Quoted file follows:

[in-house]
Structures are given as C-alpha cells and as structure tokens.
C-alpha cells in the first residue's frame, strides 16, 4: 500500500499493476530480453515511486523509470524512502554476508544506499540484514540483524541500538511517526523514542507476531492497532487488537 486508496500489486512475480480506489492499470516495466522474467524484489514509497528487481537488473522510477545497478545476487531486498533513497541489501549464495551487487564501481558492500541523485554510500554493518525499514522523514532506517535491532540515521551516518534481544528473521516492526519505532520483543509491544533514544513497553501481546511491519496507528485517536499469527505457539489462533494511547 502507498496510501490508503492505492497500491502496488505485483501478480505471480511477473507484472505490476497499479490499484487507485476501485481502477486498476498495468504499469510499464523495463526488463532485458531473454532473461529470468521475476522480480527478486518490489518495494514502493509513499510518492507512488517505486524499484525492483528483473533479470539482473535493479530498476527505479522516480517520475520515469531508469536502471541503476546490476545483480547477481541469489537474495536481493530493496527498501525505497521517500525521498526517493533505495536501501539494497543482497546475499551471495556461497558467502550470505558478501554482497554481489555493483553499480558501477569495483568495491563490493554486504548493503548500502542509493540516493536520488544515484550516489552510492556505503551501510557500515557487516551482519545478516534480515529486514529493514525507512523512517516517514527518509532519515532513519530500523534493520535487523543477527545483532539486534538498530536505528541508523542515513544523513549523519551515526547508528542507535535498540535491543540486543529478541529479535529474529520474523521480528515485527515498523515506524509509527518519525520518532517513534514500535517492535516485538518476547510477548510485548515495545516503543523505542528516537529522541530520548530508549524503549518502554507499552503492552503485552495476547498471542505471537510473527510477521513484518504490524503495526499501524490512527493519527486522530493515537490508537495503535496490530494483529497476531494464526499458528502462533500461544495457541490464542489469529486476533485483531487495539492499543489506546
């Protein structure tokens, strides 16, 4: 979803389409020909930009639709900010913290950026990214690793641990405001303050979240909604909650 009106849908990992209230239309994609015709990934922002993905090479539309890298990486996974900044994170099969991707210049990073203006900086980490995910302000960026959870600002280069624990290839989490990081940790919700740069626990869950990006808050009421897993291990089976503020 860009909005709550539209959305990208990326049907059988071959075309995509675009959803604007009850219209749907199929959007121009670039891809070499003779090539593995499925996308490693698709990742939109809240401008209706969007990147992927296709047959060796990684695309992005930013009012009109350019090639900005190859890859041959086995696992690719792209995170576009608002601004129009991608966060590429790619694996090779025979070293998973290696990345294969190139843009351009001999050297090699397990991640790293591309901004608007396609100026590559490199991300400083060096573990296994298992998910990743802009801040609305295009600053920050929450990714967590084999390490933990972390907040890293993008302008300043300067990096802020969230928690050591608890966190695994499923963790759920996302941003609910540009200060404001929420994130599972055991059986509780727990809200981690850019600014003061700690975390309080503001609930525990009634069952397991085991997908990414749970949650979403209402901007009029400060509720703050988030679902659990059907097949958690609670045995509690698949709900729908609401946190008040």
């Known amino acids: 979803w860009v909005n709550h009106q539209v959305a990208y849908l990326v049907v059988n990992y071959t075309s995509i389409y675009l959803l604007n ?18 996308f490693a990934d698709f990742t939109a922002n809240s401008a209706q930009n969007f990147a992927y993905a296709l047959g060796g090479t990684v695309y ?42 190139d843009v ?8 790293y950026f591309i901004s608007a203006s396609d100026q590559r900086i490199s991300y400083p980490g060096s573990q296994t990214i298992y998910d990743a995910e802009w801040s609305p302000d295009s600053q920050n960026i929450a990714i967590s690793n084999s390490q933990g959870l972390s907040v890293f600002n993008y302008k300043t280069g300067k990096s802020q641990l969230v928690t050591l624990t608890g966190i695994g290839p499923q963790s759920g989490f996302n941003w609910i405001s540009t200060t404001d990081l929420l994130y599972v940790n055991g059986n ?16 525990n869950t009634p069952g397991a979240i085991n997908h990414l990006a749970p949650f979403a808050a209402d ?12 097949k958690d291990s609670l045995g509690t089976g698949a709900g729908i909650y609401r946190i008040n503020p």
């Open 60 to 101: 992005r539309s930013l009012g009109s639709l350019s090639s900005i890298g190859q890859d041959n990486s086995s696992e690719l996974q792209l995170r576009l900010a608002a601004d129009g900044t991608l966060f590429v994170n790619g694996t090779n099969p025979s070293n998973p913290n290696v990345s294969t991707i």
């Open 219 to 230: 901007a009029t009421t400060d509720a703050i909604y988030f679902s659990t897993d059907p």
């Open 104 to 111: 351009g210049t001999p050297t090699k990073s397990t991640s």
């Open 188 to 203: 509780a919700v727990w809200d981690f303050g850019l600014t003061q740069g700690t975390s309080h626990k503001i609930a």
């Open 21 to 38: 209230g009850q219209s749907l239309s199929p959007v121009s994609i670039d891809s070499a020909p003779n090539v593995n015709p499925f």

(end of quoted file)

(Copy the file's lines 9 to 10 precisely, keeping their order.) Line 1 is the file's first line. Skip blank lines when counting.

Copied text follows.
């Open 188 to 203: 509780a919700v727990w809200d981690f303050g850019l600014t003061q740069g700690t975390s309080h626990k503001i609930a």
């Open 21 to 38: 209230g009850q219209s749907l239309s199929p959007v121009s994609i670039d891809s070499a020909p003779n090539v593995n015709p499925f």